The voice in the wilderness

In the week since Congressman Joe Wilson’s display of ignorance, the issue of race, once again, has spun out of control. So, I will try to add some sanity to the debate.

But first, let me lay the foundation for my argument. Without question, you can disagree with President Obama without being a racist.



But what does describing Obama as a Nazi have to do with health care? What does calling him a liar during a joint session of Congress have to do with health care? How does calling him a socialist, fascist or communist, further the health care debate? So, you would think that if this debate was about health care, the signs would read, “How will you pay for your plan?” “How will it be implemented?” or ‘What if I don’t want your plan?”

I expect some in White America and most of those in the Republican Party, to ignore the racial nature of the attacks on the president. They suffer from cognitive dissonance, which is simply the inability to see what you don’t believe.

But I am furious and will not forgive the spineless, politically tone-deaf, weak Black Republicans for their deafening silence on this issue! Or should I say, their refusal to acknowledge the existence of race as part of the issue.

I am very troubled and disappointed in Michael Steele’s characterization of this issue as “a distraction.” Armstrong Williams says of South Carolina Congressman and Majority Whip, Jim Clyburn, “Some days, I just shake my head at Mr. Clyburn, because the things that come out of his mouth are more entertaining than lucid.” Maybe we are seeing two different people. Clyburn rarely talks, but when he does, he is very measured and thoughtful. Remember, Clyburn is the one who told Bill Clinton to “chill” when he tried to inject race into the South Carolina primary last year.

Why do Black Republicans refuse to speak out and denounce the race baiting emanating from the Republican Party? Saying the Democrats do the same thing is no refutation. We are supposed to be a party of principles and just because our opponents engage in certain behavior does not mean we must reciprocate. We are better than that.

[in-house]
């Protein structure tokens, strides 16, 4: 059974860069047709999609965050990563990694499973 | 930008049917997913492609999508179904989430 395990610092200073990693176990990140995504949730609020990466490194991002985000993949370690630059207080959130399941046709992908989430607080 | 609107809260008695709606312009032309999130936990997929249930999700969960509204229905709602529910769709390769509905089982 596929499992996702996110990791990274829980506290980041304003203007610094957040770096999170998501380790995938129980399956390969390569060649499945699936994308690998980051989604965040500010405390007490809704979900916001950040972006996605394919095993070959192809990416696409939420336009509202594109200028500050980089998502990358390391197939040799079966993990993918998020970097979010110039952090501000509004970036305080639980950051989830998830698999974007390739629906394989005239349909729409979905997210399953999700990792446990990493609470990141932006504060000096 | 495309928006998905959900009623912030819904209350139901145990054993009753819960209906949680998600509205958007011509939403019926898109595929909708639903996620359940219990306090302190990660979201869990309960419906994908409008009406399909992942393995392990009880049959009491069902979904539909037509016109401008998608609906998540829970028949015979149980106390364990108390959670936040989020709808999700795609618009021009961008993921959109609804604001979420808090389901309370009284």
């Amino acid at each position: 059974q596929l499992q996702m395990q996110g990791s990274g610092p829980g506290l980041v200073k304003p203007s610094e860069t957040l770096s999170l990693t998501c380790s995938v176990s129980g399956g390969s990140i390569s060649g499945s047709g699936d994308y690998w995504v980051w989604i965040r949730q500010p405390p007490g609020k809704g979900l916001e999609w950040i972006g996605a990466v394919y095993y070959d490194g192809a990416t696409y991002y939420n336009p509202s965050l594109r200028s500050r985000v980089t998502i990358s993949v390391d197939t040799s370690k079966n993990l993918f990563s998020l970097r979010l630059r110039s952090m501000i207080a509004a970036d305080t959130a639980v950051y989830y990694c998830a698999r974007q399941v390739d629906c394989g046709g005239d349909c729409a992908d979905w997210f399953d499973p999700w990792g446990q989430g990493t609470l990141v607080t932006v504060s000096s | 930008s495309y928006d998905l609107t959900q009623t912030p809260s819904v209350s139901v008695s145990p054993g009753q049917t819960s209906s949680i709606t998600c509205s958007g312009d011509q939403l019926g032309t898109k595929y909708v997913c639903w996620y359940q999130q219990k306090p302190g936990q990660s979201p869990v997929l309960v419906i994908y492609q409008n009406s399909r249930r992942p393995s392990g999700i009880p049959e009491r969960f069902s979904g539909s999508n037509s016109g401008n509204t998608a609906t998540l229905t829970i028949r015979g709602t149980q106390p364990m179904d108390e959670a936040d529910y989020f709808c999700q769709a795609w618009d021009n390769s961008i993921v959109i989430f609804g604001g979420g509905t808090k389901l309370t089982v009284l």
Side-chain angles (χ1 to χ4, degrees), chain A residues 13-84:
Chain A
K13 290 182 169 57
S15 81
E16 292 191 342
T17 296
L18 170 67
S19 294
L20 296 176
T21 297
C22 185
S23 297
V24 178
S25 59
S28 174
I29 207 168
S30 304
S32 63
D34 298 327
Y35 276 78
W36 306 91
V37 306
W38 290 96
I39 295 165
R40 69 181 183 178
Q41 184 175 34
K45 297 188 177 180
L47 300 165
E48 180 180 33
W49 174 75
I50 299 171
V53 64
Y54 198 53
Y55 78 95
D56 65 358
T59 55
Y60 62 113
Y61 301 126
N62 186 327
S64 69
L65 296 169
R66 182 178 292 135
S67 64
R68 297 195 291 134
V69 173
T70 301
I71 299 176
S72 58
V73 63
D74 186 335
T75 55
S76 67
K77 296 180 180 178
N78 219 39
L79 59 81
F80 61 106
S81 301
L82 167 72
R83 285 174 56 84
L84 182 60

It’s not enough to denounce Jesse Jackson or Al Sharpton when they play the race card. Other than Colin Powell and myself, can you name another prominent Black Republican who has consistently taken principled stands on issues of race within our party?

I am embarrassed by the Black Republicans I see on the talking head shows on TV. Can someone explain to me the sign at last week’s poorly attended rally in D.C.: “Bury Obamacare with Kennedy?”

To add insult to injury, the signs were paid for by a Catholic, pro-life group. I guess it’s OK to inflict further pain on the Kennedy family as long as it’s in the name of God.

After Joe Wilson’s outburst, how many Blacks did John Boehner, Eric Cantor, Mike Pence, Mitch McConnell or Jon Kyle meet with to discuss this issue? I can tell you emphatically, NONE!

The Republican Party is totally tone deaf when it comes to issues of race. The Blacks they would reach out to are so out of touch with our community that they are worthless. They are more concerned with being liked and invited to a meeting rather than making the party uncomfortable with the truth.

How can any Black not be offended and infuriated with the language and signs that refer to our president? When protesters say they want to take their country back, who is “their”? Take “their” country back from whom? That’s the biggest problem with the Republican Party—they want to take our country back. We should be looking forward, but it’s difficult to do that when those in the party want to go back(wards)!

Why won’t Black Republicans admit the obvious? These are the Whites who are terrified at the changing demographics of this country. They feel like “they” are losing control of “their” country and want to go back(wards) to the good ole days! This is the real issue.

If the issue is ONLY about health care, cap and trade, and the size of government, then why the signs of Obama as a witch doctor, him with a Hitler mustache, or with a bone in his nose?

Black Republicans need to stand up and educate the Republican Party on the way these scenes are internalized within our community, specifically, and the country in general. Most Black Republicans have little connection with our community, therefore they don’t get the benefit of the doubt. When will Black Republicans speak out about the dearth of Blacks on congressional staffs, at the NRSC, NRCC, the RNC, on campaign staffs?

I would love to be able to write about other issues, but I can’t remain silent in the midst of such vile behavior by Republicans. The Secret Service is having fits about the security of our president and staffers at the White House are on edge every time the president leaves the building.

Now, I know how the Apostle John felt in John 1:23: “I am the voice of one crying in the wilderness, Make straight the way of the Lord, as said Isaiah the prophet.”

I have been at the table in these private meetings when there were just a few Blacks in attendance. I have seen how a lot of Blacks will allow people to say very offensive things without raising any objections. So, if you, as a Black, condone this behavior towards our president or don’t object to it in these meetings, you may get invited to a reception and be told that you are articulate, and a good conservative; but what do you think they really think about you when you are not at the meeting?

I am just the voice of one crying in the wilderness.

(Raynard Jackson is president and CEO of Raynard Jackson & Associates, LLC., a D.C.-based political consulting/government affairs firm. You can listen to his radio show every Saturday evening from 7-9 p.m. Go to to register and then click on host, and then click on his photo to join his group.)


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